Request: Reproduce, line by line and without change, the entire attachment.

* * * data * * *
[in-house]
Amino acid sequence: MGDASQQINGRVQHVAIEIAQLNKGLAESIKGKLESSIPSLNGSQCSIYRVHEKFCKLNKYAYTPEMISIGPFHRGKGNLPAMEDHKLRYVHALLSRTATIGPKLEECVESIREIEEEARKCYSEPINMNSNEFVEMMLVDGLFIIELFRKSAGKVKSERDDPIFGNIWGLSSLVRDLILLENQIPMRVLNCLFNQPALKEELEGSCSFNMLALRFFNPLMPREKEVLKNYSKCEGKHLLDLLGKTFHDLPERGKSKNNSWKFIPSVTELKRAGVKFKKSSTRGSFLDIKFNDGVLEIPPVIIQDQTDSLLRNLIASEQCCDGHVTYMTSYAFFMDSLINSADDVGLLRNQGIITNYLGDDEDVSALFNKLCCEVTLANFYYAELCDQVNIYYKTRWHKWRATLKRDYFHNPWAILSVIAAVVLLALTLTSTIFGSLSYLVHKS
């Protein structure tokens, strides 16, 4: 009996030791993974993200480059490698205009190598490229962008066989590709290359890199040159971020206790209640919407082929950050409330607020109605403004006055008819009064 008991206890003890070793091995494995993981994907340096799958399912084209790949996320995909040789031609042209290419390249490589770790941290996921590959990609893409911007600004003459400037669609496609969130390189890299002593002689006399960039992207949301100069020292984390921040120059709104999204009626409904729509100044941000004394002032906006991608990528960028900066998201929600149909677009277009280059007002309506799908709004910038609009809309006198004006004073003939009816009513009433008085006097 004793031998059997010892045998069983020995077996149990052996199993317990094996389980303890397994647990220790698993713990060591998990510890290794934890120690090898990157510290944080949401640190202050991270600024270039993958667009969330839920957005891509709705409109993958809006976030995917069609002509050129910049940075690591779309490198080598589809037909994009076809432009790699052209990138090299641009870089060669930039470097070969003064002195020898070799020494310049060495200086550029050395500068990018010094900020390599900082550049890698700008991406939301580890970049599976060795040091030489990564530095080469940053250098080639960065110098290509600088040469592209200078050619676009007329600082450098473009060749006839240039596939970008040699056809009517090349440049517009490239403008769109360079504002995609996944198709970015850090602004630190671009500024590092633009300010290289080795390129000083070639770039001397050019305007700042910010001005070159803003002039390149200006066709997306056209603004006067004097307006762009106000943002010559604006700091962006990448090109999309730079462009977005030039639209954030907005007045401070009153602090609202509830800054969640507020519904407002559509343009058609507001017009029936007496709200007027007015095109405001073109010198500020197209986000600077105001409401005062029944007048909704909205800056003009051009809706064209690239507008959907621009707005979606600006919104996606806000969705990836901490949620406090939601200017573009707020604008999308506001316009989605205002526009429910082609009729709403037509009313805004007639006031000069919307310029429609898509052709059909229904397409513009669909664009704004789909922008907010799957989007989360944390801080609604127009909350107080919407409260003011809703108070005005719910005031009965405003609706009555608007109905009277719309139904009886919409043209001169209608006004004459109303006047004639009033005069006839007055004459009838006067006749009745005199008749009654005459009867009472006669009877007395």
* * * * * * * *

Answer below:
[in-house]
Amino acid sequence: MGDASQQINGRVQHVAIEIAQLNKGLAESIKGKLESSIPSLNGSQCSIYRVHEKFCKLNKYAYTPEMISIGPFHRGKGNLPAMEDHKLRYVHALLSRTATIGPKLEECVESIREIEEEARKCYSEPINMNSNEFVEMMLVDGLFIIELFRKSAGKVKSERDDPIFGNIWGLSSLVRDLILLENQIPMRVLNCLFNQPALKEELEGSCSFNMLALRFFNPLMPREKEVLKNYSKCEGKHLLDLLGKTFHDLPERGKSKNNSWKFIPSVTELKRAGVKFKKSSTRGSFLDIKFNDGVLEIPPVIIQDQTDSLLRNLIASEQCCDGHVTYMTSYAFFMDSLINSADDVGLLRNQGIITNYLGDDEDVSALFNKLCCEVTLANFYYAELCDQVNIYYKTRWHKWRATLKRDYFHNPWAILSVIAAVVLLALTLTSTIFGSLSYLVHKS
């Protein structure tokens, strides 16, 4: 009996030791993974993200480059490698205009190598490229962008066989590709290359890199040159971020206790209640919407082929950050409330607020109605403004006055008819009064 008991206890003890070793091995494995993981994907340096799958399912084209790949996320995909040789031609042209290419390249490589770790941290996921590959990609893409911007600004003459400037669609496609969130390189890299002593002689006399960039992207949301100069020292984390921040120059709104999204009626409904729509100044941000004394002032906006991608990528960028900066998201929600149909677009277009280059007002309506799908709004910038609009809309006198004006004073003939009816009513009433008085006097 004793031998059997010892045998069983020995077996149990052996199993317990094996389980303890397994647990220790698993713990060591998990510890290794934890120690090898990157510290944080949401640190202050991270600024270039993958667009969330839920957005891509709705409109993958809006976030995917069609002509050129910049940075690591779309490198080598589809037909994009076809432009790699052209990138090299641009870089060669930039470097070969003064002195020898070799020494310049060495200086550029050395500068990018010094900020390599900082550049890698700008991406939301580890970049599976060795040091030489990564530095080469940053250098080639960065110098290509600088040469592209200078050619676009007329600082450098473009060749006839240039596939970008040699056809009517090349440049517009490239403008769109360079504002995609996944198709970015850090602004630190671009500024590092633009300010290289080795390129000083070639770039001397050019305007700042910010001005070159803003002039390149200006066709997306056209603004006067004097307006762009106000943002010559604006700091962006990448090109999309730079462009977005030039639209954030907005007045401070009153602090609202509830800054969640507020519904407002559509343009058609507001017009029936007496709200007027007015095109405001073109010198500020197209986000600077105001409401005062029944007048909704909205800056003009051009809706064209690239507008959907621009707005979606600006919104996606806000969705990836901490949620406090939601200017573009707020604008999308506001316009989605205002526009429910082609009729709403037509009313805004007639006031000069919307310029429609898509052709059909229904397409513009669909664009704004789909922008907010799957989007989360944390801080609604127009909350107080919407409260003011809703108070005005719910005031009965405003609706009555608007109905009277719309139904009886919409043209001169209608006004004459109303006047004639009033005069006839007055004459009838006067006749009745005199008749009654005459009867009472006669009877007395």